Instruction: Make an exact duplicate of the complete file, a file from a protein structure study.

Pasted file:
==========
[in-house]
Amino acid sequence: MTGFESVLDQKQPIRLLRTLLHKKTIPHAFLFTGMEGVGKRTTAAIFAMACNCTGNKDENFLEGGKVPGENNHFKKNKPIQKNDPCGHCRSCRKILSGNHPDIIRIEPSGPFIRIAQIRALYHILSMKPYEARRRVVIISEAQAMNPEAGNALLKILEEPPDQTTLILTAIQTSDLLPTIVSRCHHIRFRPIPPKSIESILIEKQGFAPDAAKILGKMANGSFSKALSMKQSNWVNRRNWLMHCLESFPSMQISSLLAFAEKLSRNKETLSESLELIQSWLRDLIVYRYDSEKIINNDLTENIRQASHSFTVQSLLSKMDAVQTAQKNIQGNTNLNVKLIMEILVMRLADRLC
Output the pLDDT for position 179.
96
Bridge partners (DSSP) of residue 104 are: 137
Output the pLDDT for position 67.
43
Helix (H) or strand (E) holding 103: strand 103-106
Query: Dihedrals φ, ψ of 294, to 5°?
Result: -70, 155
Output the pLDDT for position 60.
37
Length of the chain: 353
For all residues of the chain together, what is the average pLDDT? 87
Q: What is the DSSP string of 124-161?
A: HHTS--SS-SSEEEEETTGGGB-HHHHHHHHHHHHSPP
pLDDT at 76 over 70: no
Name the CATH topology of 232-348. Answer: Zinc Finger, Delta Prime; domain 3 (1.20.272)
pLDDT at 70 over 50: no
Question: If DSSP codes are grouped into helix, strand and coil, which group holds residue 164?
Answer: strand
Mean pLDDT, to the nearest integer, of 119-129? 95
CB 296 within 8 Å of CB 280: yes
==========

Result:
[in-house]
Amino acid sequence: MTGFESVLDQKQPIRLLRTLLHKKTIPHAFLFTGMEGVGKRTTAAIFAMACNCTGNKDENFLEGGKVPGENNHFKKNKPIQKNDPCGHCRSCRKILSGNHPDIIRIEPSGPFIRIAQIRALYHILSMKPYEARRRVVIISEAQAMNPEAGNALLKILEEPPDQTTLILTAIQTSDLLPTIVSRCHHIRFRPIPPKSIESILIEKQGFAPDAAKILGKMANGSFSKALSMKQSNWVNRRNWLMHCLESFPSMQISSLLAFAEKLSRNKETLSESLELIQSWLRDLIVYRYDSEKIINNDLTENIRQASHSFTVQSLLSKMDAVQTAQKNIQGNTNLNVKLIMEILVMRLADRLC
Output the pLDDT for position 179.
96
Bridge partners (DSSP) of residue 104 are: 137
Output the pLDDT for position 67.
43
Helix (H) or strand (E) holding 103: strand 103-106
Query: Dihedrals φ, ψ of 294, to 5°?
Result: -70, 155
Output the pLDDT for position 60.
37
Length of the chain: 353
For all residues of the chain together, what is the average pLDDT? 87
Q: What is the DSSP string of 124-161?
A: HHTS--SS-SSEEEEETTGGGB-HHHHHHHHHHHHSPP
pLDDT at 76 over 70: no
Name the CATH topology of 232-348. Answer: Zinc Finger, Delta Prime; domain 3 (1.20.272)
pLDDT at 70 over 50: no
Question: If DSSP codes are grouped into helix, strand and coil, which group holds residue 164?
Answer: strand
Mean pLDDT, to the nearest integer, of 119-129? 95
CB 296 within 8 Å of CB 280: yes